Does your weight affect Arthritis? 

The simple answer is yes. Extra body weight puts extra stress on many joints, particularly the knees, hips and lower back. The more weight that is carried, the more pressure is put on these joints which can increase pain, and possibly hasten the deterioration of cartilage.

There is also a strong link between being overweight and an increased risk of developing osteoarthritis. If you are overweight, losing weight will decrease the stress on your joints, which in turn, can reduce pain and make it easier for you to move around.

Keeping your weight in check has numerous benefits when you have arthritis, making it an important modifiable risk factor. To learn more about the benefits of being a healthy weight and to get practical weight loss tips – read on and don’t forget to register for our webinar on 13 June 2023 or watch the recording that take a deeper dive into weight loss & diet.

What are the benefits for Arthritis? 

Reduces pressure on your joints and improves joint function

It is estimated that for every kilo of excess weight we carry, an extra load of 4kgs is put on our knee joints. Add an incline, and the pressure is even greater. By losing, as little as 5% of your body weight, can ease the pressure and improve joint function.

Eases pain and inflammation

Fat is an active tissue that creates and releases pro-inflammatory chemicals and hormones that can affect joint tissue and increase pain. Research has shown that by reducing just a small amount of body fat can help reduce inflammation in the body.

Joint surgery benefits

If you require joint replacement surgery, reducing weight prior to joint replacement surgery can offer several benefits and lower your risk of surgical complications including infection. In addition, by strengthening and losing weight, your rehabilitation is going to be easier on the rest of your body. Reducing body weight prior to entering a rehabilitation plan can help surgery outcomes significantly.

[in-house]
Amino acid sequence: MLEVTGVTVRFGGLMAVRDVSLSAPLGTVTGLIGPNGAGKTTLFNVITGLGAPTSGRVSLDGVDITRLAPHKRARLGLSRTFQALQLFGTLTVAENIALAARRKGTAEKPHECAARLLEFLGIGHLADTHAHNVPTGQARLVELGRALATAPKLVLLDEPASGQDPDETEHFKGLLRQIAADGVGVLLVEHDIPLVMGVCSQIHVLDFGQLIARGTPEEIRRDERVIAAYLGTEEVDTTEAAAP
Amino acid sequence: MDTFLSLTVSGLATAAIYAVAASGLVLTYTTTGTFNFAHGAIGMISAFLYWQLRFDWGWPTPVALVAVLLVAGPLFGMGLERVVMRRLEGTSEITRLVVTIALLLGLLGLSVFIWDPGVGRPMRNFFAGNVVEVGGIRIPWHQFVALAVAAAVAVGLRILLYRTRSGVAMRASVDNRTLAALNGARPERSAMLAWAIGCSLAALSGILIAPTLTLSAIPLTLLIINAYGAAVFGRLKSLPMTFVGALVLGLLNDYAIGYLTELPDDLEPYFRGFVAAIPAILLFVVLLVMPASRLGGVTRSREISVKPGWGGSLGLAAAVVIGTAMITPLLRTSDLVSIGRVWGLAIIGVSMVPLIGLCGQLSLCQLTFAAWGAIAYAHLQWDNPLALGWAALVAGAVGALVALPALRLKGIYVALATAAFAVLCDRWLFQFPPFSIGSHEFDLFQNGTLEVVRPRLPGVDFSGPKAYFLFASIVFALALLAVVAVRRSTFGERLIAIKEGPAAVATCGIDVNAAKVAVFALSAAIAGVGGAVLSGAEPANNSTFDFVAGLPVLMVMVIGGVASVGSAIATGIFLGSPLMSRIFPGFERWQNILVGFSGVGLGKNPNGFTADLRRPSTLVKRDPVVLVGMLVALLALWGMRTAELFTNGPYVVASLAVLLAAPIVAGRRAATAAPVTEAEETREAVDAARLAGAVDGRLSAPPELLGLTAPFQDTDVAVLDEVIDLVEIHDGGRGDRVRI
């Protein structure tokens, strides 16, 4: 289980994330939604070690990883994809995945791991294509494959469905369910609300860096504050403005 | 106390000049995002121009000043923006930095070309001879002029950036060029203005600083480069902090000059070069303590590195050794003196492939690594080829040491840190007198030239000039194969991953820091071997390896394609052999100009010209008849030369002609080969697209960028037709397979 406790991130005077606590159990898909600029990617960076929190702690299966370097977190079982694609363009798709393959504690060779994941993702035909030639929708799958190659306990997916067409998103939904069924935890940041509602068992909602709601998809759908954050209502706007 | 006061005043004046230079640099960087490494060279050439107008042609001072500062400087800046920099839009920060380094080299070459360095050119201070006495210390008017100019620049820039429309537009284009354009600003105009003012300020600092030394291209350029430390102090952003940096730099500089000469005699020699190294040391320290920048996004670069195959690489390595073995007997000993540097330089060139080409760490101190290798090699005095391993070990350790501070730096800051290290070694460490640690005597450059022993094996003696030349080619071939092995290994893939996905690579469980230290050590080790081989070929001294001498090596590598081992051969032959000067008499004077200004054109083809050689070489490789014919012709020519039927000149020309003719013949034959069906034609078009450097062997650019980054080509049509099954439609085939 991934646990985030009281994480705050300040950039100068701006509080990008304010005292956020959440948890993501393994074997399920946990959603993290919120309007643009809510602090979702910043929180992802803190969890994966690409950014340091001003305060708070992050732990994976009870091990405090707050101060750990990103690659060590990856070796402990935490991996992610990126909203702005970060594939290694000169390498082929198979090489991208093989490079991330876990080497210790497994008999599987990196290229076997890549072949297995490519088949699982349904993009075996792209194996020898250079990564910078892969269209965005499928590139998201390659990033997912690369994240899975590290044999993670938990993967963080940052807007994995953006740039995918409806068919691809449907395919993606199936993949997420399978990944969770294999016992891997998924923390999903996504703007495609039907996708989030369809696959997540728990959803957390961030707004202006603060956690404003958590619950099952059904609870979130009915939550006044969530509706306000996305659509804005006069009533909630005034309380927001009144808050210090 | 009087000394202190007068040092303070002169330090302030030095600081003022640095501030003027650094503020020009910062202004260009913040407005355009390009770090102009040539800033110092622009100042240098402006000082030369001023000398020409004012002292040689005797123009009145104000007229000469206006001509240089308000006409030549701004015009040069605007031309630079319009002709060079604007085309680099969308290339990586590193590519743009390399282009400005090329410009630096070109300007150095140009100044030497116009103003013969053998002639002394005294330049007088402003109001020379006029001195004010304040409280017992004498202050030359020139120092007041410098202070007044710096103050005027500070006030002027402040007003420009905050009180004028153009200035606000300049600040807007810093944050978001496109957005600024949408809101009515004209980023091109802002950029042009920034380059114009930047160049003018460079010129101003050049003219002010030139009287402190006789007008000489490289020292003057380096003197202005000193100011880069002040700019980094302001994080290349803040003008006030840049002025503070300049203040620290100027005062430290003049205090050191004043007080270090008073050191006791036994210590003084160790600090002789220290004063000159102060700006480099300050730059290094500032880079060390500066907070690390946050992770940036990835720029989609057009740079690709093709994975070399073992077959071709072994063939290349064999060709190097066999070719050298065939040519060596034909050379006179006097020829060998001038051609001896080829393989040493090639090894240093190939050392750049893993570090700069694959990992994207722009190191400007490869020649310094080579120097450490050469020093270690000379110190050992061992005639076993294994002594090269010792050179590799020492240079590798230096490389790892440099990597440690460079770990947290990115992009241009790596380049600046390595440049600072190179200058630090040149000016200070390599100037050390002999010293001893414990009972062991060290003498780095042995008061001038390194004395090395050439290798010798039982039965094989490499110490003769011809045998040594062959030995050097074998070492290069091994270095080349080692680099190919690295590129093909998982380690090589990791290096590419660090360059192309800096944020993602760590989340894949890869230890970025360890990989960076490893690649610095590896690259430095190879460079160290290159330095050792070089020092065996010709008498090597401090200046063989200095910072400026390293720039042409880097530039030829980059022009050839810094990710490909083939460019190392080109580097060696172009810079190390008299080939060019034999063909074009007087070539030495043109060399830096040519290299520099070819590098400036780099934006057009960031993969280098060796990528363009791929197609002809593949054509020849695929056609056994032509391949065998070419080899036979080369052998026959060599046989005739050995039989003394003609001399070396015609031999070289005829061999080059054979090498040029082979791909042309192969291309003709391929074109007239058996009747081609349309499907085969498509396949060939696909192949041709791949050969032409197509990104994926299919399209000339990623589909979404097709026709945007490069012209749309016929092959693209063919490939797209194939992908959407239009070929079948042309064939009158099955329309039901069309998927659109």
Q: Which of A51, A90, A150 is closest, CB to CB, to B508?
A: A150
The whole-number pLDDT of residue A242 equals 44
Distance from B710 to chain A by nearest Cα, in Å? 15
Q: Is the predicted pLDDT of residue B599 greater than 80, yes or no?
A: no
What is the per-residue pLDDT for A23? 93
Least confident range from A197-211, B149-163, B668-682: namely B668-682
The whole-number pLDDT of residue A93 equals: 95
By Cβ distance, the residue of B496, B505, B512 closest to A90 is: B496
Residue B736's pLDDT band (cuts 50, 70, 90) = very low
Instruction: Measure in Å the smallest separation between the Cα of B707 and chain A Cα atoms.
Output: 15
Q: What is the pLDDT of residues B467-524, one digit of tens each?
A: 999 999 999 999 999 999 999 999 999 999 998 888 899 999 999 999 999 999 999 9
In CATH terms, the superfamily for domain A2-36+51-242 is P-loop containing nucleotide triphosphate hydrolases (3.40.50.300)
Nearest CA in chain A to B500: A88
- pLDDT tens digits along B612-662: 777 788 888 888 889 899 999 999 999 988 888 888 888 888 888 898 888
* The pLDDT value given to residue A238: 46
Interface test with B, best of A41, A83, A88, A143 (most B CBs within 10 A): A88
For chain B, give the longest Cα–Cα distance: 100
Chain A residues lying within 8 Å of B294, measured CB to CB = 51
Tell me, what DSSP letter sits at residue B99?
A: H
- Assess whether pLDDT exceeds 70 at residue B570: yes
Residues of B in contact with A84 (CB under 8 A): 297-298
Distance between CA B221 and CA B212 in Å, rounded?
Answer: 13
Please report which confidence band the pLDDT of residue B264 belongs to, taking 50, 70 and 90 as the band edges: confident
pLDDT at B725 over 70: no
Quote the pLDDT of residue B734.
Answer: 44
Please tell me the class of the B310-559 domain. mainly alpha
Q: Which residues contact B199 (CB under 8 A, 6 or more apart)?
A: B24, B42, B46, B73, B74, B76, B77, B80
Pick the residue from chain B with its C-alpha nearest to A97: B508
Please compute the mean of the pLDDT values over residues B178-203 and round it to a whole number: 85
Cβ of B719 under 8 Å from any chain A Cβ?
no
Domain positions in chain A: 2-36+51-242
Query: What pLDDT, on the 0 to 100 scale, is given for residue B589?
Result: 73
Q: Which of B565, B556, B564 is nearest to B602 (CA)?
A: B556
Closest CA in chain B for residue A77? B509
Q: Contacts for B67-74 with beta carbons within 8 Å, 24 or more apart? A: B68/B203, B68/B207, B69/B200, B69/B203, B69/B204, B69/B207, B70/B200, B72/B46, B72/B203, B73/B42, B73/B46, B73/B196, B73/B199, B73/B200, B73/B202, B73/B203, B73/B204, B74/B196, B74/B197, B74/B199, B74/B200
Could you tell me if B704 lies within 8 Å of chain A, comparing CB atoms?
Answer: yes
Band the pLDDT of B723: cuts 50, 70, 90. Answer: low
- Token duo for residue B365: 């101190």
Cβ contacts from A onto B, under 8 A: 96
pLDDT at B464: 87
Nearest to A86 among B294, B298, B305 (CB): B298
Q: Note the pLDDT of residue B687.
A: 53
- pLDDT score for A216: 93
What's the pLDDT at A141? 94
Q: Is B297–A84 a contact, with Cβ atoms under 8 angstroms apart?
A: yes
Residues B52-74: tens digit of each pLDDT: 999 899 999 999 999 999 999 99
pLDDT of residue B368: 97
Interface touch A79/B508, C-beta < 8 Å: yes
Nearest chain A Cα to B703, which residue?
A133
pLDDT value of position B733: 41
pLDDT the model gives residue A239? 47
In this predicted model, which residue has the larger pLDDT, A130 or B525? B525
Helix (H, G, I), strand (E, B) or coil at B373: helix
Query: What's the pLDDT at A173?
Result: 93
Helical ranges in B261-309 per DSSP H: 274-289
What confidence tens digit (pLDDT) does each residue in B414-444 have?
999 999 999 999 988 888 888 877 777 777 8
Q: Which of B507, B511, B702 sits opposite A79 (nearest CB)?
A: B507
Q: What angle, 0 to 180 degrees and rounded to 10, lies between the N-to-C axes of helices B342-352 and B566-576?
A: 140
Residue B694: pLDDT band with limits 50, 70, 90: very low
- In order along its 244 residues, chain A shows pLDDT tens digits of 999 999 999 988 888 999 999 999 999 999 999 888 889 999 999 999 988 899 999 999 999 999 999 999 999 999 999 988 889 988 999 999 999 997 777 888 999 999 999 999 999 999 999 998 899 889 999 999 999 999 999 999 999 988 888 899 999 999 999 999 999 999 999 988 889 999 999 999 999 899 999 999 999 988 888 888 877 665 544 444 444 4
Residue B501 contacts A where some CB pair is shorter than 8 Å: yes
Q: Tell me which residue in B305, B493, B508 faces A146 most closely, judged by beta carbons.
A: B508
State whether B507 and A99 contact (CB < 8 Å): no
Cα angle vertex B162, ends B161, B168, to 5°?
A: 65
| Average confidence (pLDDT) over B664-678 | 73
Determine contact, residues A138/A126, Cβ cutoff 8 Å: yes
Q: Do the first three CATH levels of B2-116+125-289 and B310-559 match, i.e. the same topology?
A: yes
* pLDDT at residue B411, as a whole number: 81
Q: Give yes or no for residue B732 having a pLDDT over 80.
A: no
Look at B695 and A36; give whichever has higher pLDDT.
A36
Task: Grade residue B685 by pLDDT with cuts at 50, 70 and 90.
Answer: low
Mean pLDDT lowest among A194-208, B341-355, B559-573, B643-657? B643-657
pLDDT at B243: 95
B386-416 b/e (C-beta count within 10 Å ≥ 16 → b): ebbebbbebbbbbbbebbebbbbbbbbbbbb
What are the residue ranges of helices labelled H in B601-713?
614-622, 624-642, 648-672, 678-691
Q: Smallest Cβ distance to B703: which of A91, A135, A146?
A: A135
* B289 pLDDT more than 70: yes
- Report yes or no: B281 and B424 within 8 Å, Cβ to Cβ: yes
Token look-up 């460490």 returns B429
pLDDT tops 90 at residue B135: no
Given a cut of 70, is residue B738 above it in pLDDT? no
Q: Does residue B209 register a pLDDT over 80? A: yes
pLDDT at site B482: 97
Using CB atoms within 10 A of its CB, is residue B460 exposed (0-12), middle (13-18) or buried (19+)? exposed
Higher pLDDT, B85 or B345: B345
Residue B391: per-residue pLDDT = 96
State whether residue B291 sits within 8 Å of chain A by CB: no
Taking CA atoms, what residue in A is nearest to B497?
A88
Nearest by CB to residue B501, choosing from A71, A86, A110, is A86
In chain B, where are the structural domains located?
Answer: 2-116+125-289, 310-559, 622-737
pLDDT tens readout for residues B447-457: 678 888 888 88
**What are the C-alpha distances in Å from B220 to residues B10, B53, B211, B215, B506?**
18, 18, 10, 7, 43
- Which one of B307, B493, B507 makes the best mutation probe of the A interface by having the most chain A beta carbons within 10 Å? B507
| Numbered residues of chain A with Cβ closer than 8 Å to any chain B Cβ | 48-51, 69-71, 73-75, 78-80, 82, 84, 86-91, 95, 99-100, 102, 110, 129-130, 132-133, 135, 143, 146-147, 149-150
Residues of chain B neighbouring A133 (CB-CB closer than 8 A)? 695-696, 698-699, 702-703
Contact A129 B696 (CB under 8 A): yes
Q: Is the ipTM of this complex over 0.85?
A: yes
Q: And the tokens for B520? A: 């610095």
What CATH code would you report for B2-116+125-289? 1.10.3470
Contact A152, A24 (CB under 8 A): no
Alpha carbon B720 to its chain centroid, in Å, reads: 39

Cuts risk of chronic diseases – such as diabetes, heart disease and stroke

Research also shows that people with some form of arthritis are at increased risk of cardiovascular disease, making the need to control weight all the more critical. Studies have shown that losing weight can lower your blood pressure into a healthy range. In addition, eating right and engaging in physical activity that leads to weight loss can also lower your cholesterol.

Where to begin with Weight Loss!

Weight loss can be tricky but below are some strategies that are key to achieving and maintaining a healthy weight.

Food Matters!

What you eat is key to achieving a healthy weight… for life! There are so many diets it can be confusing to determine which is the right one for you, but as long as you are including a wide variety of fruits, vegetables, wholegrains, lean protein sources and healthy fats you are on the right track. Adopting a well-balanced, nutrient-rich diet is essential for weight management. How many serves you should be eating of these very important food groups vary for everyone, but a good rule of thumb is provided here in the Eat for Health Website, you can also check out some meal plans and recipes that are great for weight loss!